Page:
Again in Bollywood, the concept is put to hilarious use in a little know film called "Bollywood Diaries" (2016) (by K.D. Satyam, writer of Anurag Kashyap's Mukkabaaz). In the film a terminally ill guy who wanted all his life to be an actors comes up with the simplest plan to have his wish fulfilled. In his last days he surrounds himself with posters of films actors. In his last moment he remembers Amitabh Bachchan.

A religious text has propounded this theory. And the theory has obvious flaws which put a believer in awkward position, that too at the last defining moment of his believing life. If someone is dying, he should not be worried about these things. Even among Muslims, the flaw in the idea was obvious, so later commentators do say do remind the dying but don't force the guy into saying "Laa ilaaha ill-Allaah" lest the poor guy gets irritated and ends up saying something worse like "Laa ilaaha Laa ilaaha", and yet just make sure that his last words are "Laa ilaaha ill-Allaah" even if he previously said "Laa ilaaha Laa ilaaha". The exact last words matter.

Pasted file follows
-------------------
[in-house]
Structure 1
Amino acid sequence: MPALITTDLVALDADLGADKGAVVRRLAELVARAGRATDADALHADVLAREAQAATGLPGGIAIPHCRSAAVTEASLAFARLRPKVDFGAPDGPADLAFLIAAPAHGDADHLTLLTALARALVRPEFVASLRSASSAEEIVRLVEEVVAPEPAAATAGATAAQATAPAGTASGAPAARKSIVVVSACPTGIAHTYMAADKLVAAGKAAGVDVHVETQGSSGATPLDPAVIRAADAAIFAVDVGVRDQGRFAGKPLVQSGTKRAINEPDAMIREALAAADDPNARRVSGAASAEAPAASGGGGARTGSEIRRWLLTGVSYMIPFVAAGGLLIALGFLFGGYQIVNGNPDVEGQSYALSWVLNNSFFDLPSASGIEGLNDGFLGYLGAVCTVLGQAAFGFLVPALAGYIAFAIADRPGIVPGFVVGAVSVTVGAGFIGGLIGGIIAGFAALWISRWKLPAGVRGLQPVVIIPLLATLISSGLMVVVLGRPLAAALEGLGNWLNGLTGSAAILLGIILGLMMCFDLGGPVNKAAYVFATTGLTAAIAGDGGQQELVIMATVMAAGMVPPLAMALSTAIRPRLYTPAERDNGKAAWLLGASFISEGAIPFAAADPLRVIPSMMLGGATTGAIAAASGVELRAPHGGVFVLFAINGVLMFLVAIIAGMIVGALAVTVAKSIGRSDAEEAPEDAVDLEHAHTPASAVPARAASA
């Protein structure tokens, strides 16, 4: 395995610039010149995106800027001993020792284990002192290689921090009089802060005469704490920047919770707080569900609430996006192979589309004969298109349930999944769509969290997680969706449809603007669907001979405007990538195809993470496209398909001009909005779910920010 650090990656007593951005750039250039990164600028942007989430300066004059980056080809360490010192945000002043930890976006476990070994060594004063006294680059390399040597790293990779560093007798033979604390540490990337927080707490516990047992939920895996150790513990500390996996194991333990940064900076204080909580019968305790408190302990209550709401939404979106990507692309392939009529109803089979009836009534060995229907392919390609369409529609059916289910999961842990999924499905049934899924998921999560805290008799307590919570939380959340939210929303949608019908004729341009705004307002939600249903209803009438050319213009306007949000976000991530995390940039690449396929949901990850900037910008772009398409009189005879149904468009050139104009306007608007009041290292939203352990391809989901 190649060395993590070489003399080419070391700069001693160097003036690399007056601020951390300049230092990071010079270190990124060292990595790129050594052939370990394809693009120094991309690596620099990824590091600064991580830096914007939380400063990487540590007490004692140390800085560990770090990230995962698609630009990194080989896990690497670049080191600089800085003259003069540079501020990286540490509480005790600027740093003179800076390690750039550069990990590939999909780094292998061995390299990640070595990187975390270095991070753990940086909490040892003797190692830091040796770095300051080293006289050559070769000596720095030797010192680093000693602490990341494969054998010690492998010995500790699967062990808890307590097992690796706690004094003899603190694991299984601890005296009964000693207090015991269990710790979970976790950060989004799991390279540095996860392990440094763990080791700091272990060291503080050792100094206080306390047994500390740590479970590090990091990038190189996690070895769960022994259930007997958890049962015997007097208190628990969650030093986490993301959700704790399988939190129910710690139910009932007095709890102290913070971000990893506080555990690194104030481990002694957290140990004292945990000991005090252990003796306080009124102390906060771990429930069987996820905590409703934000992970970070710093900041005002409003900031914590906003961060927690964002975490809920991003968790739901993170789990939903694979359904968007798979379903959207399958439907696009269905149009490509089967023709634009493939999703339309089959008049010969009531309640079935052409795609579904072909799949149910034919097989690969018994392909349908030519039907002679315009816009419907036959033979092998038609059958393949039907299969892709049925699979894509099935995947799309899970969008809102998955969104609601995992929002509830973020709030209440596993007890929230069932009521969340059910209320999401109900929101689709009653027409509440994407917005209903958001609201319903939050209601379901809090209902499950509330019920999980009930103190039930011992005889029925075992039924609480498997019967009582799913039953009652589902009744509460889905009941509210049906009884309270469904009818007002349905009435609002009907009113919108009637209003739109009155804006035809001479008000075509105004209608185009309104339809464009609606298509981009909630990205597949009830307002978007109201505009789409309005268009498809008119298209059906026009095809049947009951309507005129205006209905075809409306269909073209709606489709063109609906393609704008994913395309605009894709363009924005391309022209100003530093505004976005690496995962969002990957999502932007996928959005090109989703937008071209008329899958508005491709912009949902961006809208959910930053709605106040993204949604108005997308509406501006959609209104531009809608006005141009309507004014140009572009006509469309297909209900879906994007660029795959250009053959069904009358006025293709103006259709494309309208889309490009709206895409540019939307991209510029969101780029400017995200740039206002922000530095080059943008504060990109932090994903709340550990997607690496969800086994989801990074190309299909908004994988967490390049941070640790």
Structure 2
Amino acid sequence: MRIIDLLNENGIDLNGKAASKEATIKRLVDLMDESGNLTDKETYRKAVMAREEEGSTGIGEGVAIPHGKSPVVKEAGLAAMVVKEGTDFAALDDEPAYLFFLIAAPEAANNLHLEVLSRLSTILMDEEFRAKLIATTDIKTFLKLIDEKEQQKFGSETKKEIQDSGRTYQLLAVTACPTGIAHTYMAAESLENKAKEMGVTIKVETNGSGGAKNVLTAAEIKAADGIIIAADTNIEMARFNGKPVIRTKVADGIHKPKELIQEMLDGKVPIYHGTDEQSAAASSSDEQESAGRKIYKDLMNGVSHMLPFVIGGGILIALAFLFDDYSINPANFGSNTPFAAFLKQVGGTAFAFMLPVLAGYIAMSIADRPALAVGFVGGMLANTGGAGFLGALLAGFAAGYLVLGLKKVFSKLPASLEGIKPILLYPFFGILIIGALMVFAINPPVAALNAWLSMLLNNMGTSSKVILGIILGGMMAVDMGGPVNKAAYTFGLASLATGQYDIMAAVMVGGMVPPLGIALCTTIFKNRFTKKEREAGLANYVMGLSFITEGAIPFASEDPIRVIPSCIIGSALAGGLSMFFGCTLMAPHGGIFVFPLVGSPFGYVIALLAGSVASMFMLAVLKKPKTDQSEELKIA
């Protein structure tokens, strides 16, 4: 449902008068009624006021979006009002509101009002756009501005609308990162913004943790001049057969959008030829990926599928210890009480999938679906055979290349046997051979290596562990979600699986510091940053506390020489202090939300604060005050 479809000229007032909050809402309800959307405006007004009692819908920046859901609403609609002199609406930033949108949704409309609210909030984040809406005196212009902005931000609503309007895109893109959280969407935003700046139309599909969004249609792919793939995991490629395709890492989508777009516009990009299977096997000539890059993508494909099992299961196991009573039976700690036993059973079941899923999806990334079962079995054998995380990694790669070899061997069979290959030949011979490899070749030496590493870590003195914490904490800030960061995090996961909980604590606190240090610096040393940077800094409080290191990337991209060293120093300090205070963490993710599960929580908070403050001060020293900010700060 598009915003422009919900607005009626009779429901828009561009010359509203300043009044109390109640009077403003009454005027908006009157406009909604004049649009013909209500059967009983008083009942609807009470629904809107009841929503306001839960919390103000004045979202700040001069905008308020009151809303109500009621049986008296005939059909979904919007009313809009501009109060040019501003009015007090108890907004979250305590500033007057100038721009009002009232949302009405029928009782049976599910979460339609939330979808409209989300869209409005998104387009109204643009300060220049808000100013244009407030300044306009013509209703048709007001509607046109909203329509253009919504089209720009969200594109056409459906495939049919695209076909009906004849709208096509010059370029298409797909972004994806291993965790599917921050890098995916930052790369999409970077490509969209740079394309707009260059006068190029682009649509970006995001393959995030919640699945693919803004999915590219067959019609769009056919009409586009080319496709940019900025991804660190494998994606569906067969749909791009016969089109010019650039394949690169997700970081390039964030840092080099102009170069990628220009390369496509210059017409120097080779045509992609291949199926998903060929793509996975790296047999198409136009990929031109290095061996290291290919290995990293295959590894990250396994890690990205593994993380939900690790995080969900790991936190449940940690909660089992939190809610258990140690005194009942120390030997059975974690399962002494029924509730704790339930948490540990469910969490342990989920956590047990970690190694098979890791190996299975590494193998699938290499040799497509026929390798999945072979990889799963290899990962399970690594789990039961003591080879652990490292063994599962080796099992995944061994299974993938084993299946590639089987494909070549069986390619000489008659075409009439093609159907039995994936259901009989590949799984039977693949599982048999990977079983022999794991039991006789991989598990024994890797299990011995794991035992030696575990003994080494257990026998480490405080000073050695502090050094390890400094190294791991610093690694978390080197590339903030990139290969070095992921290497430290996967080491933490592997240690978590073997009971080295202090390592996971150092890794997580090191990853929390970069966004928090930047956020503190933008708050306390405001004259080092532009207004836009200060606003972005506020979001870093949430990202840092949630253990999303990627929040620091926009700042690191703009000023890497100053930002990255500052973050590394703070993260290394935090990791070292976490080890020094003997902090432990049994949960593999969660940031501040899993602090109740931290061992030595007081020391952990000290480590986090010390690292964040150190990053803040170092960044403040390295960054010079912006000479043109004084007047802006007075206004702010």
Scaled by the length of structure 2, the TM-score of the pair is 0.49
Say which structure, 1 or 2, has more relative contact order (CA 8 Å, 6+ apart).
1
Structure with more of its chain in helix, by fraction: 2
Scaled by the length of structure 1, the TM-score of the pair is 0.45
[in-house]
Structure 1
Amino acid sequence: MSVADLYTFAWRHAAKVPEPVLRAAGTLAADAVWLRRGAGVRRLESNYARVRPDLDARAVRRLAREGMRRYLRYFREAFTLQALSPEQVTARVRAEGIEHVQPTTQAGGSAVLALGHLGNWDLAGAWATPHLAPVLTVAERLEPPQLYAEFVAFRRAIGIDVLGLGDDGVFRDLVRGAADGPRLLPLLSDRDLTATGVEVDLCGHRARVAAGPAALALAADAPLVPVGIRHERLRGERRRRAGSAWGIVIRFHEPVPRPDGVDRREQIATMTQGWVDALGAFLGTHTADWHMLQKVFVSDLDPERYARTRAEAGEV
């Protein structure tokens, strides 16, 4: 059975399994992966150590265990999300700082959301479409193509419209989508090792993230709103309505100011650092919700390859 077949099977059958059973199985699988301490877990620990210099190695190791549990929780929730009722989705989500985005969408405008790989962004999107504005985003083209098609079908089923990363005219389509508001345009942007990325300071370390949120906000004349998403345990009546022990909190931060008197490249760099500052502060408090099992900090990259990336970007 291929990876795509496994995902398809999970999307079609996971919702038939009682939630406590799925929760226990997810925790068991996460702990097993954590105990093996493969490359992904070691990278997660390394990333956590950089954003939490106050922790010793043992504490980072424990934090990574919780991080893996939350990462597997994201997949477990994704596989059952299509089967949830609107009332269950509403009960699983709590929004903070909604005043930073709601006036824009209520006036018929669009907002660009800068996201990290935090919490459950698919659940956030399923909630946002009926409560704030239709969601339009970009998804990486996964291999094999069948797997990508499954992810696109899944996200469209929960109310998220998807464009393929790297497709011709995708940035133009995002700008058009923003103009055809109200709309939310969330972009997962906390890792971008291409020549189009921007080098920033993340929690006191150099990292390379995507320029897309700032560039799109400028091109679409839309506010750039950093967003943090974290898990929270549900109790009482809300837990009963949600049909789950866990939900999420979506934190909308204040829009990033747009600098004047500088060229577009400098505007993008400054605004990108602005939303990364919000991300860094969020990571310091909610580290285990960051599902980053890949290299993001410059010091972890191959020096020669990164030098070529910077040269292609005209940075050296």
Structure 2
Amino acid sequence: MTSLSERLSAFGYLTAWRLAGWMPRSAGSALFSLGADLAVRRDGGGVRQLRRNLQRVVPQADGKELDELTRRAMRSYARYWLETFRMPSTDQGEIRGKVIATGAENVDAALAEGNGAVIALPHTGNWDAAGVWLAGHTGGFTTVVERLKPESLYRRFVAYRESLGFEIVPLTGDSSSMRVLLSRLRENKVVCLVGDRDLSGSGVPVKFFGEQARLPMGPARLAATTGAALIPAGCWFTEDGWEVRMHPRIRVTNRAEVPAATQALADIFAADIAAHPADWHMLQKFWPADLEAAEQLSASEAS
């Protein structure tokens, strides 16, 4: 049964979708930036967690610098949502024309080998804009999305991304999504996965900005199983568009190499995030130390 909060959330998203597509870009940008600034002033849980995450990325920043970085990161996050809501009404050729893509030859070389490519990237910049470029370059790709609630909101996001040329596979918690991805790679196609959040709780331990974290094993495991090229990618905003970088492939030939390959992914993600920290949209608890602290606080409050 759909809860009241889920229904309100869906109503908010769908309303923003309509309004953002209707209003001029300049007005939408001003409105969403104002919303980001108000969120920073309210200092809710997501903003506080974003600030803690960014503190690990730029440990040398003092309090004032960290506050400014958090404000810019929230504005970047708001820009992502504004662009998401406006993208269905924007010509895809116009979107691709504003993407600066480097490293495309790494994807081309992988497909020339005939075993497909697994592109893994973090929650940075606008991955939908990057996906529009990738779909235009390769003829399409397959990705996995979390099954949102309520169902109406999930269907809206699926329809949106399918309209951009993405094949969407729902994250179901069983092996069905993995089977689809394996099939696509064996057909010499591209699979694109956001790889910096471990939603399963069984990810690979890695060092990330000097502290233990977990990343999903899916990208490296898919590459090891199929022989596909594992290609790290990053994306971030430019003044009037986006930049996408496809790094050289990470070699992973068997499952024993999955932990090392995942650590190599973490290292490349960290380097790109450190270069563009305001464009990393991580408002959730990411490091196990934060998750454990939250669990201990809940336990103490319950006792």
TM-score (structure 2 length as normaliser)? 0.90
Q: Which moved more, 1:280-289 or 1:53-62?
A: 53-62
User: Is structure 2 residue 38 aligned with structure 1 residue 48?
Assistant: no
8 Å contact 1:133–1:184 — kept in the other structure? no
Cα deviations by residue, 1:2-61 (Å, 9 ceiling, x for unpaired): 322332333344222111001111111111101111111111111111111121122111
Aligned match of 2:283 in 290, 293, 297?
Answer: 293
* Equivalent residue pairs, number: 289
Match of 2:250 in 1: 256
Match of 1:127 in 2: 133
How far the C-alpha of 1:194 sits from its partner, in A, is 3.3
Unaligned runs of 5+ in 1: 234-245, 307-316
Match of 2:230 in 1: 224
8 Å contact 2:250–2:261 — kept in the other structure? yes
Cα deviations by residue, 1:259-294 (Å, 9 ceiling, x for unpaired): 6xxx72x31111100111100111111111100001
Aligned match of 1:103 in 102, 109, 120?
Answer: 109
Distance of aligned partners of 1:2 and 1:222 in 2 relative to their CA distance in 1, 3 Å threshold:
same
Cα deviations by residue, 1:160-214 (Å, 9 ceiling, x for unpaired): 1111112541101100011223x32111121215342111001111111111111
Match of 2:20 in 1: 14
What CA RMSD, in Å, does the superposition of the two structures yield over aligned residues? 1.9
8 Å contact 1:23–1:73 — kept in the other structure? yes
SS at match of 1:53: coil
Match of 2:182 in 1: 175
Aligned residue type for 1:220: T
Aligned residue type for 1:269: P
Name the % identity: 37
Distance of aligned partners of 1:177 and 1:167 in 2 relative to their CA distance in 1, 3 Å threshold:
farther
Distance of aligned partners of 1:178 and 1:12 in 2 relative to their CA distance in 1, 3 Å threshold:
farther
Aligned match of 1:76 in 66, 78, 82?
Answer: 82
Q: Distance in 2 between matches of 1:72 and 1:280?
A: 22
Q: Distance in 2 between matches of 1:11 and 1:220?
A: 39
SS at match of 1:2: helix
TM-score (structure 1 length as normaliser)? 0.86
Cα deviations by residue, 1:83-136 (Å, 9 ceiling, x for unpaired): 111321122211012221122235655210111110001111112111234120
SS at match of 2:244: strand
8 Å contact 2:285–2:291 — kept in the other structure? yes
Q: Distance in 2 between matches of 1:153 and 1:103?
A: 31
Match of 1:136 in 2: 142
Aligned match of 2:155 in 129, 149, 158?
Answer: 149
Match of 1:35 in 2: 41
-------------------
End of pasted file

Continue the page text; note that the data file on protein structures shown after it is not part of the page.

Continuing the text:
In most medieval commentaries on Gita, the importance of last word is emphasised. However, the flaw in this thinking was explored by Kashmiri Shaivite philosopher Abhinavagupta (c. 950 – 1016 AD). In his commentary on Gita, Abhinavagupta also asked the same questions: " The moment of death can be devoid of happiness, sorrow or delusion/ What if the the man dies in sudden accident and has not time to think of anything? What if the man remembers cold sweet water of the village river? What if in dying moments the man thinks of his wife? Does the wife also die instantly and he gets to be with her forever? Or does his sole become one with his wife? "

These are doubts he had and these are questions he sought to answer.